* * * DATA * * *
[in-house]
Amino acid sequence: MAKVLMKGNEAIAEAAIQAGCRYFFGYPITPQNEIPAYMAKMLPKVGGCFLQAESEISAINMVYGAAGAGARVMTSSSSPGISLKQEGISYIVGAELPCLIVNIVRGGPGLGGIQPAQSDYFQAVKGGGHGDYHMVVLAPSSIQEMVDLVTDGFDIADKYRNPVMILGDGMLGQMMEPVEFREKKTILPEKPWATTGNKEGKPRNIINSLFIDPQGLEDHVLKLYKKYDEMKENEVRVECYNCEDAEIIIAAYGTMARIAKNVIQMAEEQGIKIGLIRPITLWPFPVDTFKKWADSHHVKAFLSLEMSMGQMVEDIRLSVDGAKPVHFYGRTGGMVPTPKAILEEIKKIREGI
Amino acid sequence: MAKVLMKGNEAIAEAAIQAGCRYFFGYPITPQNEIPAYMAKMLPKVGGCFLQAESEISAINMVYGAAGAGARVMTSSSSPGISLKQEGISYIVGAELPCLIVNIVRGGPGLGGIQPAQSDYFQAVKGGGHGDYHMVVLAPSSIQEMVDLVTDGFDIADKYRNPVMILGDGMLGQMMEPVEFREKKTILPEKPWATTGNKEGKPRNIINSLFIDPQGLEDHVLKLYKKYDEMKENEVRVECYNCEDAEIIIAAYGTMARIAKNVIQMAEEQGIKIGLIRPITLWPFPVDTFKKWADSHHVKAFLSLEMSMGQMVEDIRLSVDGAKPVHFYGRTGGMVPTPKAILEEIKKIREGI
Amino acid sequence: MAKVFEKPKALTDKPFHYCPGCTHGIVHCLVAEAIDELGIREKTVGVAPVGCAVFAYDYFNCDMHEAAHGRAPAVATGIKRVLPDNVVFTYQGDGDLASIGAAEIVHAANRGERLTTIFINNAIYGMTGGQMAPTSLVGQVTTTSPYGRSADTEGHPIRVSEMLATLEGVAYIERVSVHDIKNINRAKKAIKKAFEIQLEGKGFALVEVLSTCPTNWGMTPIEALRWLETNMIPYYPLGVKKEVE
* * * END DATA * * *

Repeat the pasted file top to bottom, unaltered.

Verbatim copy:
[in-house]
Amino acid sequence: MAKVLMKGNEAIAEAAIQAGCRYFFGYPITPQNEIPAYMAKMLPKVGGCFLQAESEISAINMVYGAAGAGARVMTSSSSPGISLKQEGISYIVGAELPCLIVNIVRGGPGLGGIQPAQSDYFQAVKGGGHGDYHMVVLAPSSIQEMVDLVTDGFDIADKYRNPVMILGDGMLGQMMEPVEFREKKTILPEKPWATTGNKEGKPRNIINSLFIDPQGLEDHVLKLYKKYDEMKENEVRVECYNCEDAEIIIAAYGTMARIAKNVIQMAEEQGIKIGLIRPITLWPFPVDTFKKWADSHHVKAFLSLEMSMGQMVEDIRLSVDGAKPVHFYGRTGGMVPTPKAILEEIKKIREGI
Amino acid sequence: MAKVLMKGNEAIAEAAIQAGCRYFFGYPITPQNEIPAYMAKMLPKVGGCFLQAESEISAINMVYGAAGAGARVMTSSSSPGISLKQEGISYIVGAELPCLIVNIVRGGPGLGGIQPAQSDYFQAVKGGGHGDYHMVVLAPSSIQEMVDLVTDGFDIADKYRNPVMILGDGMLGQMMEPVEFREKKTILPEKPWATTGNKEGKPRNIINSLFIDPQGLEDHVLKLYKKYDEMKENEVRVECYNCEDAEIIIAAYGTMARIAKNVIQMAEEQGIKIGLIRPITLWPFPVDTFKKWADSHHVKAFLSLEMSMGQMVEDIRLSVDGAKPVHFYGRTGGMVPTPKAILEEIKKIREGI
Amino acid sequence: MAKVFEKPKALTDKPFHYCPGCTHGIVHCLVAEAIDELGIREKTVGVAPVGCAVFAYDYFNCDMHEAAHGRAPAVATGIKRVLPDNVVFTYQGDGDLASIGAAEIVHAANRGERLTTIFINNAIYGMTGGQMAPTSLVGQVTTTSPYGRSADTEGHPIRVSEMLATLEGVAYIERVSVHDIKNINRAKKAIKKAFEIQLEGKGFALVEVLSTCPTNWGMTPIEALRWLETNMIPYYPLGVKKEVE